I was inspired by a Facebook post of one of my friends that asked us to embrace our heavier, imperfect older bodies. I want to feel comfortable in my body. But, always, my belly gets in the way.

This is my belly. On my more humorous days, I call it my “Winking Anchor,” but most days I just think of it as my lumps.

Please ignore the streaks on our bathroom mirror. I could clean them, but they are a perfect metaphor of the exhaustion my belly has caused me.

This belly holds faint scars of a gallbladder surgery and a tubal ligation. The bottom of my “anchor” is the result of two emergency c-sections. Nothing is ever easy with my belly.

The gash down the…


Photo by Lubomirkin on Unsplash

Parenting books say that around the time your child enters school, they should be capable of taking over their own bathing. But they can’t be responsible for filling the tub on their own because a) they could cause a flood and b) they will sit in the tub until the water grows cold, which takes too long. Thus, we have always transitioned our kids to showers during this crucial developmental time.

Son #1 took to this new form of cleaning like a duck to water. Unfortunately, he also bathed like a duck in water, enjoying the splash of the warm…


The last rhino finishes her only race in dead last

Part III: The Runs

“Look, it’s Elaine!”

My dad is pointing at the television, where the Robin Williams Jumanji is playing. It’s the scene where the aunt has jumped out of her car, unable to believe that a stampede of jungle and savanna animals is careening through the suburban street.

“Ha, ha, very funny,” I mutter, realizing my dad has been pointing at the lone rhino who is running quite a ways behind the rest of the herd.

Sad, but true. My career as a cross country runner was over before it began, and I only managed to finish one 3k race the whole…


The author, age 14

Part II: Because Puberty Isn’t Bad Enough

I can remember the exact moment I realized that the image we have of our body in our head is not necessarily what others see.

I had two friends over, and we were probably eight or nine. Back then for some reason, I loved leotards, though I was neither a dancer nor a gymnast. I also spent a lot of time playing with some old swaths of purple spandex fabric leftover from a sewing project my mom took on before I was born. …


The author eats on the itchy brown couch

Part I: A Nervous Stomach

The vomiting began on or around my birthday.

I don’t remember now which birthday, probably eighth or ninth, but I do remember the sort of indignation that comes when you are a child whose special day has been spoiled by something mildly irritating.

Except, this wasn’t merely an irritating illness. There was vomiting, there was diarrhea, and even ice cubes came back up in the yellow bile that was the only contents left in my digestive tract. …


Photo by chuttersnap on Unsplash

Even before I was old enough to drive, I had stress nightmares behind the wheel of a car I couldn’t control. The earliest version I remember had me careening down a hill with no brakes, my pet Froggy (an invasive species once given away during Girl Scout overnight trips to the COSI museum in Columbus) in a bowl riding shotgun with water sloshing onto the upholstery.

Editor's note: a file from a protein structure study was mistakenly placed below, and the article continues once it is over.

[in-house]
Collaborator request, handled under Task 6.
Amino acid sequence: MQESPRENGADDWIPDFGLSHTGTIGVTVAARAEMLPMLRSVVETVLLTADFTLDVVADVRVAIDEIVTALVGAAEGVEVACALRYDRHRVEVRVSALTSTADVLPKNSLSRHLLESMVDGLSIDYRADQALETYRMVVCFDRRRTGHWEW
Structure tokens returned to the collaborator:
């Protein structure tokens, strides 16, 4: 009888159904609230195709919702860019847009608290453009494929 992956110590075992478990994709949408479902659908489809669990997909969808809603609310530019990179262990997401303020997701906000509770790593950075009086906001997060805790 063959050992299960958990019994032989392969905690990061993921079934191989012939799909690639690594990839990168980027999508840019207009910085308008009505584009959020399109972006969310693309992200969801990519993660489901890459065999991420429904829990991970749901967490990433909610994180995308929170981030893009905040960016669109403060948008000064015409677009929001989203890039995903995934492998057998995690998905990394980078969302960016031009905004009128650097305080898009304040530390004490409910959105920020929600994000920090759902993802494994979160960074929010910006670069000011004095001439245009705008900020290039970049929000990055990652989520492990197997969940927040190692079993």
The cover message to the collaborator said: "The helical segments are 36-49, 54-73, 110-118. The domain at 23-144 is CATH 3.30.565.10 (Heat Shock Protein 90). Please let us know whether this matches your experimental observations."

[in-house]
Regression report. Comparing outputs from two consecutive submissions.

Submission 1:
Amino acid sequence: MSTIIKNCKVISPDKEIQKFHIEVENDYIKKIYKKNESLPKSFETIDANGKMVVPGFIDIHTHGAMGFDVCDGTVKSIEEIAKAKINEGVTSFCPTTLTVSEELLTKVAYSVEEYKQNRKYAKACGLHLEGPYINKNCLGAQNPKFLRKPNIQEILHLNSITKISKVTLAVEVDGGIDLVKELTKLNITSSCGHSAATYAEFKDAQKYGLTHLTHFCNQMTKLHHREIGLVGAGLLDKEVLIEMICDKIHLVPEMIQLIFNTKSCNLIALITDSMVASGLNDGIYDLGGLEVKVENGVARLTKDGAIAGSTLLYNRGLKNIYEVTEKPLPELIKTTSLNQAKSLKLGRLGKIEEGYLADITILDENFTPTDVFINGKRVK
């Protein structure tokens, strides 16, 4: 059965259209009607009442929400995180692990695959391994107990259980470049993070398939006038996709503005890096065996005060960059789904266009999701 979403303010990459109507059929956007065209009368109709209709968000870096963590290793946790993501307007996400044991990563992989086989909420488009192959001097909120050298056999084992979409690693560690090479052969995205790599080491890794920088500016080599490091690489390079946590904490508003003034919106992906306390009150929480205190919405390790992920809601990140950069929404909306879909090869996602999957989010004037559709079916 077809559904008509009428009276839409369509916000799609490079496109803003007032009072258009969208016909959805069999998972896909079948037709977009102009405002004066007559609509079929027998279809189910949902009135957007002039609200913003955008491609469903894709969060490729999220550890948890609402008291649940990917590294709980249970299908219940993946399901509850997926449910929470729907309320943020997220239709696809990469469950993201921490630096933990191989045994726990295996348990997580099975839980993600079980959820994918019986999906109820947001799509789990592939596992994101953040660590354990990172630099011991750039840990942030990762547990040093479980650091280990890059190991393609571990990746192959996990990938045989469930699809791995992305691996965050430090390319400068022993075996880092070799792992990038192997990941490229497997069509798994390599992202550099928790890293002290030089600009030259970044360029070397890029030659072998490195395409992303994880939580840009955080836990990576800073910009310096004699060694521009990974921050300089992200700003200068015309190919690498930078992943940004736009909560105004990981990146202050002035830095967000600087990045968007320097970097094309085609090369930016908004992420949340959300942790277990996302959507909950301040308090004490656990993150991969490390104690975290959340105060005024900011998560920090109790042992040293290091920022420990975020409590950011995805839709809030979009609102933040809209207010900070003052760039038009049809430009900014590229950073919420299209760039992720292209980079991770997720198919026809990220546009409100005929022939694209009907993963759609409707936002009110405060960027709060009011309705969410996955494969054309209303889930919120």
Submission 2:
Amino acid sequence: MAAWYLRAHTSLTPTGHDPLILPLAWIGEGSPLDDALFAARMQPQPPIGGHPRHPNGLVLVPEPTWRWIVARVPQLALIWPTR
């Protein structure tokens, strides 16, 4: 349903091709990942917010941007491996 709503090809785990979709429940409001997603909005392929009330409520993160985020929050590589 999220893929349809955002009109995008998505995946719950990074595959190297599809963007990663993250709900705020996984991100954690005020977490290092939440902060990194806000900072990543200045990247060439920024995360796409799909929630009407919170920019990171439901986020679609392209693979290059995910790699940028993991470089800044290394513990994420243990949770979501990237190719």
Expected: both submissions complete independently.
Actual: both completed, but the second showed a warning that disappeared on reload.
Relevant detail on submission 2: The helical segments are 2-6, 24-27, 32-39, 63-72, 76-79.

Once I actually learned to drive, the nightmares became more specific. I could attempt to steer the car, but it never seemed to go quite where I had intended. Speed was no longer the…


https://commons.wikimedia.org/wiki/File:Maslow%27s_hierarchy_of_needs.svg

Anyone who has taken a basic economics course will recognize the image above. There’s a rational order to survival, and if you skip some levels, you’re putting your life at risk.

The same type of hierarchy can be created for those of us with chronic illness. At the bottom are the diseases that can kill you in some way, and you have to treat those diseases first before you move on to treating other issues.

For me, Crohn’s disease is the base of everything. If I don’t treat my Crohn’s disease, my intestines will become blocked and rupture, as they…


We sat in the pastor’s office with a set of surveys to judge our compatibility. It was one of those fill-in-the-bubble tests where you answered things like “On a scale of 1 to 10, children are important to a happy marriage,” or, “True or False: It is important to me that our children be baptized.” We were given the proper #2 pencils and sent to opposite corners to record our answers and return to compare notes.

My first husband and I were not religious. He had been raised Presbyterian, and I had been raised Catholic, but neither one of us…


When I was four or five years old, my family moved to a small former farm outside of Akron, Ohio. A good three to five acres of the lawn were mown on a regular basis, and we enjoyed things like a softball game that used a walnut tree as first base, rides in a go-kart my cousins had, or just swinging from my rope swing or swing set.

But from the time we got there, my favorite thing to do was wander the grounds. From treks through the adjacent woods with my grandmother searching for blackberries, or circling the big…


Back in the mid 90s CD players were just taking off. I saved months of babysitting money to buy a tiny boom box with a CD player and dual cassette deck. On the player was a new button, labeled “Repeat.” What did this button do? Why was it there? Flip through the manual and it is all made clear — this button is for playing a track on a CD over again instead of moving on to the next song on the album.

My friends and I could see the appeal of hearing a song again, but why not just…

Elaine Betting

Recovering librarian who needs an outlet for all of the ideas whipping about my brain

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